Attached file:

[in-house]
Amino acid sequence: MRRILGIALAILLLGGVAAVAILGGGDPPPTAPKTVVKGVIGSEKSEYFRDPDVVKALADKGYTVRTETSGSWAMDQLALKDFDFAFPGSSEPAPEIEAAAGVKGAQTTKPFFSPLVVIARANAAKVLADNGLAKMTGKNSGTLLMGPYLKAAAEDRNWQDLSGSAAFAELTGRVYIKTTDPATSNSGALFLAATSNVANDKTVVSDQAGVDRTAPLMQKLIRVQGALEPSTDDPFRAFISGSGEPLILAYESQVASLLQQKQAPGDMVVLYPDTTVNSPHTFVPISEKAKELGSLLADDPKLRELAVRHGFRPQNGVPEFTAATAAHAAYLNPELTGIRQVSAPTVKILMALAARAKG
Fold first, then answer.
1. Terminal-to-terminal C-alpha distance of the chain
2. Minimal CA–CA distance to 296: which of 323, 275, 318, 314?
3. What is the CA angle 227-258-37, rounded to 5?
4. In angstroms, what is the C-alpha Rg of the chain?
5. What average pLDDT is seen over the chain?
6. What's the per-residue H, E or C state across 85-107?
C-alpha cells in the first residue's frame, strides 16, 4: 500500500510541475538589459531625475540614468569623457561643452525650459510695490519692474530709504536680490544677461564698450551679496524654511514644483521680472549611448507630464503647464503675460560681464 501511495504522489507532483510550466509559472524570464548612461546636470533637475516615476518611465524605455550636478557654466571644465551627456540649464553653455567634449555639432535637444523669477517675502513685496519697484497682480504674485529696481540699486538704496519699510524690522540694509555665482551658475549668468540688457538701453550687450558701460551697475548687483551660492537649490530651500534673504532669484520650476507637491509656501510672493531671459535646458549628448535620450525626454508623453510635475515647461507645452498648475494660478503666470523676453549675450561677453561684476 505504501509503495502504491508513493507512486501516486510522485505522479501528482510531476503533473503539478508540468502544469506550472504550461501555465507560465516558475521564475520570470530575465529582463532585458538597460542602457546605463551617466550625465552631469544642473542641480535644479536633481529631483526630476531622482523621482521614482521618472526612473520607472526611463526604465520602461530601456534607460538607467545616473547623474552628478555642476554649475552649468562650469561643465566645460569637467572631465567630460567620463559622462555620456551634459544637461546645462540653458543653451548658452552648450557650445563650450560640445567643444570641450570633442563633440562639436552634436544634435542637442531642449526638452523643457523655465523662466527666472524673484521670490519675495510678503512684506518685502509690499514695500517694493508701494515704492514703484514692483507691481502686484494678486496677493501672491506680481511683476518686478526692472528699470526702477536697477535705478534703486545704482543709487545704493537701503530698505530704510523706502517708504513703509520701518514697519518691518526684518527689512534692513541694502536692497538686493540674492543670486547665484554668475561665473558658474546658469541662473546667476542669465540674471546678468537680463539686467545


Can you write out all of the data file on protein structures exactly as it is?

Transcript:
[in-house]
Amino acid sequence: MRRILGIALAILLLGGVAAVAILGGGDPPPTAPKTVVKGVIGSEKSEYFRDPDVVKALADKGYTVRTETSGSWAMDQLALKDFDFAFPGSSEPAPEIEAAAGVKGAQTTKPFFSPLVVIARANAAKVLADNGLAKMTGKNSGTLLMGPYLKAAAEDRNWQDLSGSAAFAELTGRVYIKTTDPATSNSGALFLAATSNVANDKTVVSDQAGVDRTAPLMQKLIRVQGALEPSTDDPFRAFISGSGEPLILAYESQVASLLQQKQAPGDMVVLYPDTTVNSPHTFVPISEKAKELGSLLADDPKLRELAVRHGFRPQNGVPEFTAATAAHAAYLNPELTGIRQVSAPTVKILMALAARAKG
Fold first, then answer.
1. Terminal-to-terminal C-alpha distance of the chain
2. Minimal CA–CA distance to 296: which of 323, 275, 318, 314?
3. What is the CA angle 227-258-37, rounded to 5?
4. In angstroms, what is the C-alpha Rg of the chain?
5. What average pLDDT is seen over the chain?
6. What's the per-residue H, E or C state across 85-107?
C-alpha cells in the first residue's frame, strides 16, 4: 500500500510541475538589459531625475540614468569623457561643452525650459510695490519692474530709504536680490544677461564698450551679496524654511514644483521680472549611448507630464503647464503675460560681464 501511495504522489507532483510550466509559472524570464548612461546636470533637475516615476518611465524605455550636478557654466571644465551627456540649464553653455567634449555639432535637444523669477517675502513685496519697484497682480504674485529696481540699486538704496519699510524690522540694509555665482551658475549668468540688457538701453550687450558701460551697475548687483551660492537649490530651500534673504532669484520650476507637491509656501510672493531671459535646458549628448535620450525626454508623453510635475515647461507645452498648475494660478503666470523676453549675450561677453561684476 505504501509503495502504491508513493507512486501516486510522485505522479501528482510531476503533473503539478508540468502544469506550472504550461501555465507560465516558475521564475520570470530575465529582463532585458538597460542602457546605463551617466550625465552631469544642473542641480535644479536633481529631483526630476531622482523621482521614482521618472526612473520607472526611463526604465520602461530601456534607460538607467545616473547623474552628478555642476554649475552649468562650469561643465566645460569637467572631465567630460567620463559622462555620456551634459544637461546645462540653458543653451548658452552648450557650445563650450560640445567643444570641450570633442563633440562639436552634436544634435542637442531642449526638452523643457523655465523662466527666472524673484521670490519675495510678503512684506518685502509690499514695500517694493508701494515704492514703484514692483507691481502686484494678486496677493501672491506680481511683476518686478526692472528699470526702477536697477535705478534703486545704482543709487545704493537701503530698505530704510523706502517708504513703509520701518514697519518691518526684518527689512534692513541694502536692497538686493540674492543670486547665484554668475561665473558658474546658469541662473546667476542669465540674471546678468537680463539686467545